Japan for example and many allies and non allies in the western Pacific depended on America's nuclear umbrella. With the over downsizing of our nuclear arsenal and just Obama in general, many countries can no longer depend on America's nuclear umbrella.

Just a few months ago the last U.S. Navy Tomahawk nuclear tipped cruise missile was eliminated from our nuclear arsenal.

After almost fifty years U.S. Navy warships can now make port calls too New Zealand.

:2wave:
Hey, do you have any stats on which systems/rockets were decommissioned?

Cheers,
Fallen.

Edit: stems -> systems
 
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specklebang

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It's hard to envision a scenario where any country decides to attack America with nuclear weapons. What would their purpose be? To take out the vast land that is America, you pretty much would destroy the entire planet. Not to mention all the doomsday nukes that will be coming at you in return.

The whole worlds wealth is still measured in US Dollars. A damaged or destroyed America renders all those dictator bank accounts worthless. Pretty much causing death and starvation for the few survivors. As things are today, I'd be more worried about asteroids than about nukes.

Some day, when the smaller countries have them, we may yet see a regional nuclear war. But even that is doubtful. No matter how much the leaders of the crazy nations are, well, crazy, in the end they usually have big bank accounts and lavish lifestyles. Using nukes anywhere is likely to interrupt their pleasures.

As for America "rotting from the inside", I'll refer you to a genre-creating Sci-Fi book published in 1984. Neuromancer by William Gibson. The Japanese were then the ones sucking away our economy and the future looked like all Japan all the time. That's not what happend though and China will not eat us alive either. Regardless of the outcome of the pending immigration legislation, we'll survive that also just as we have for so mant decades now.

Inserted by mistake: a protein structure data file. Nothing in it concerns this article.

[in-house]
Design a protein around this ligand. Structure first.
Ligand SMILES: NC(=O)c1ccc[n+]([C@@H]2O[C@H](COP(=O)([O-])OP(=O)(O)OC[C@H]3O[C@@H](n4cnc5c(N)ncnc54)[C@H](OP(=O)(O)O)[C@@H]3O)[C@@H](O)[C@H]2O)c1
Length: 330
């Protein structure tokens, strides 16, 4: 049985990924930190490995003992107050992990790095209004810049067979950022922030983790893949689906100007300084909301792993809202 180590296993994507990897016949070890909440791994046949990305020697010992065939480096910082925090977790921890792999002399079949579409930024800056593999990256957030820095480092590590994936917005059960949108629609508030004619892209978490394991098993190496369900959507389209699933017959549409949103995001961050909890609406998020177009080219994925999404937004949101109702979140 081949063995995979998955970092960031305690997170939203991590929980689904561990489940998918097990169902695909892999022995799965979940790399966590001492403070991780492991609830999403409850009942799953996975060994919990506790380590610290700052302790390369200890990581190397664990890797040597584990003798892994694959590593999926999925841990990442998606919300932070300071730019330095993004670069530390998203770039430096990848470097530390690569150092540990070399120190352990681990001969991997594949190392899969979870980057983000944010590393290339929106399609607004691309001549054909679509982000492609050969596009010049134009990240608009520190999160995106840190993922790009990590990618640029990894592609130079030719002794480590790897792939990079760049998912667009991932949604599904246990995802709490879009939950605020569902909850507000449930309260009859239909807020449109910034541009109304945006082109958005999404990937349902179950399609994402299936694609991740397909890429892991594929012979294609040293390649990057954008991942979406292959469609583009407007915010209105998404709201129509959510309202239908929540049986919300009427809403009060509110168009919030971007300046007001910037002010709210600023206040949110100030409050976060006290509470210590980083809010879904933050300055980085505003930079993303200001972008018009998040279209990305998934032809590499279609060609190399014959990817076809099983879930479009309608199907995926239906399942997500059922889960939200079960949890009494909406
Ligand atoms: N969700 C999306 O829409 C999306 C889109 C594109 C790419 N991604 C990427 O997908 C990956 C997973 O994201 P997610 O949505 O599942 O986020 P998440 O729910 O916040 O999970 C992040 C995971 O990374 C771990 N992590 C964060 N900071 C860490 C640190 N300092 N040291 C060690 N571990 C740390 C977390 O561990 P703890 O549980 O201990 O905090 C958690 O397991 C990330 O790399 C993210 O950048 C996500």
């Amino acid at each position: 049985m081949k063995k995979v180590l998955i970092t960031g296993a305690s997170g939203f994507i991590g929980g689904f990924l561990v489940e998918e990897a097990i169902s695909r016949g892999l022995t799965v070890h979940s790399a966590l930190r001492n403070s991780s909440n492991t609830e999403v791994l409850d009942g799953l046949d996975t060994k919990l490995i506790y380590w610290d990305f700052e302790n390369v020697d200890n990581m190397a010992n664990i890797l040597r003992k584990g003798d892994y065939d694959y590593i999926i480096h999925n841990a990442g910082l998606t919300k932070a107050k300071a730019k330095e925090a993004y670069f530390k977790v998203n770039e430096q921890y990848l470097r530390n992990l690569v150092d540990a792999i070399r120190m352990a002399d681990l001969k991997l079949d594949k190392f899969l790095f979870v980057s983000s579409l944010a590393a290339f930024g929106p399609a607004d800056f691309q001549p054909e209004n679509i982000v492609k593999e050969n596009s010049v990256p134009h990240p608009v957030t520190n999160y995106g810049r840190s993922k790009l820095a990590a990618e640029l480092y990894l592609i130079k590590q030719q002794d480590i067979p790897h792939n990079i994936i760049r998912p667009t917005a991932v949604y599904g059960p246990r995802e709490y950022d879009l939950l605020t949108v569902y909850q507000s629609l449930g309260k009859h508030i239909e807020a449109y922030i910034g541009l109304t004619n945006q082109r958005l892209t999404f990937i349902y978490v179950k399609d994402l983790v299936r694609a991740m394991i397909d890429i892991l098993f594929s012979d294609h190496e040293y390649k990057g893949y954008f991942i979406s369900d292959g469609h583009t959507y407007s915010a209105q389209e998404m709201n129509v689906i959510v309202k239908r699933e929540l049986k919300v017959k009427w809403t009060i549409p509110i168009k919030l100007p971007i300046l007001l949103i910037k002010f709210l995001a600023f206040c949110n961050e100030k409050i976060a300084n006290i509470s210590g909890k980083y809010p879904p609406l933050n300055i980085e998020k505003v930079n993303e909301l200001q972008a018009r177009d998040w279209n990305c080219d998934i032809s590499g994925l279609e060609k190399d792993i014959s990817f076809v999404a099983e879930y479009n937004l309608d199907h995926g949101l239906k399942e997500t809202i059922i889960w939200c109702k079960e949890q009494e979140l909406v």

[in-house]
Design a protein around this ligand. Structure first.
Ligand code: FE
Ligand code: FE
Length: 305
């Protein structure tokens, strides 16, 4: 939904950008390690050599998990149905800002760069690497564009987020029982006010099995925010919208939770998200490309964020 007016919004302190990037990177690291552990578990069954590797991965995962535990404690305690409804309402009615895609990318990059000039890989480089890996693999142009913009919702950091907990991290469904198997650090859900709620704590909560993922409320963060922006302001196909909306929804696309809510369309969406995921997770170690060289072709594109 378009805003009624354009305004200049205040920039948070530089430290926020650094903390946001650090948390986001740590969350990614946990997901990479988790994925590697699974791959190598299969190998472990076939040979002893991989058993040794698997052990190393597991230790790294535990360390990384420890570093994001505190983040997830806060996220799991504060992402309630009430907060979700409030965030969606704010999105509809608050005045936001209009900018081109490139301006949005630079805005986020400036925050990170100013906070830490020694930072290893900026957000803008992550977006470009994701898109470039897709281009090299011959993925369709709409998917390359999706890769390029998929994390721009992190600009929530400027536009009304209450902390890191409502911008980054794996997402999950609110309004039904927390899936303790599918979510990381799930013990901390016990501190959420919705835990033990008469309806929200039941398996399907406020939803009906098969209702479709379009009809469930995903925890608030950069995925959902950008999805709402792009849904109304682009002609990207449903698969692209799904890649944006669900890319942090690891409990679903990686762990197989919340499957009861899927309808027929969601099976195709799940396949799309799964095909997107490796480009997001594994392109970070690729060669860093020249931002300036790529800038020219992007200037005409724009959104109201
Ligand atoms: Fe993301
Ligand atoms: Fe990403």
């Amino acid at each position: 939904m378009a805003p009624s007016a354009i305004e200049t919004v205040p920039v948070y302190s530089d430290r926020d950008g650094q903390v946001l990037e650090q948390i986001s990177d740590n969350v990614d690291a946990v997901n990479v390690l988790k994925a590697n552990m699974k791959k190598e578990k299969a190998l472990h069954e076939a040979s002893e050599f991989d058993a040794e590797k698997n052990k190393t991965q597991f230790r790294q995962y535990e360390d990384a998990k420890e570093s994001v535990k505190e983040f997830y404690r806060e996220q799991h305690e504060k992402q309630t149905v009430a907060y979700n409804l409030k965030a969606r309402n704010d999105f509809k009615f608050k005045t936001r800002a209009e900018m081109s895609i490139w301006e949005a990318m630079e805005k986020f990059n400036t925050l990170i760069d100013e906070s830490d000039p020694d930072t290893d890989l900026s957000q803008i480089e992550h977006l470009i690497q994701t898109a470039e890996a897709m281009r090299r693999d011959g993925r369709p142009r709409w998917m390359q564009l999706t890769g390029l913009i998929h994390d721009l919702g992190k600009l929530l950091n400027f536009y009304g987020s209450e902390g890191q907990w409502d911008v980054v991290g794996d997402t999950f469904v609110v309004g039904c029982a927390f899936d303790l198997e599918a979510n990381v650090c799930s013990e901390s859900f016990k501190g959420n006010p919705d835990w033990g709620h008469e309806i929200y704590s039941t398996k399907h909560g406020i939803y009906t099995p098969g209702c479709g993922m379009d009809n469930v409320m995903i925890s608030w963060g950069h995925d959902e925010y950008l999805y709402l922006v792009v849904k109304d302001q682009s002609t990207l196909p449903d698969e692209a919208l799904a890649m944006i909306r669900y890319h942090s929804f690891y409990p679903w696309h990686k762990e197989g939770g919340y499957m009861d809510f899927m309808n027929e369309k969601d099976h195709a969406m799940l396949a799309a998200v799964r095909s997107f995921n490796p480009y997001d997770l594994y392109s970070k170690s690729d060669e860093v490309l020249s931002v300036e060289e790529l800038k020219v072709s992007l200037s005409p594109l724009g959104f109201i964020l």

The state of the nation is strong (enough). Specklebang for President 2016.
 

jetski

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It's hard to envision a scenario where any country decides to attack America with nuclear weapons. What would their purpose be? To take out the vast land that is America, you pretty much would destroy the entire planet. Not to mention all the doomsday nukes that will be coming at you in return.

The whole worlds wealth is still measured in US Dollars. A damaged or destroyed America renders all those dictator bank accounts worthless. Pretty much causing death and starvation for the few survivors. As things are today, I'd be more worried about asteroids than about nukes.

Some day, when the smaller countries have them, we may yet see a regional nuclear war. But even that is doubtful. No matter how much the leaders of the crazy nations are, well, crazy, in the end they usually have big bank accounts and lavish lifestyles. Using nukes anywhere is likely to interrupt their pleasures.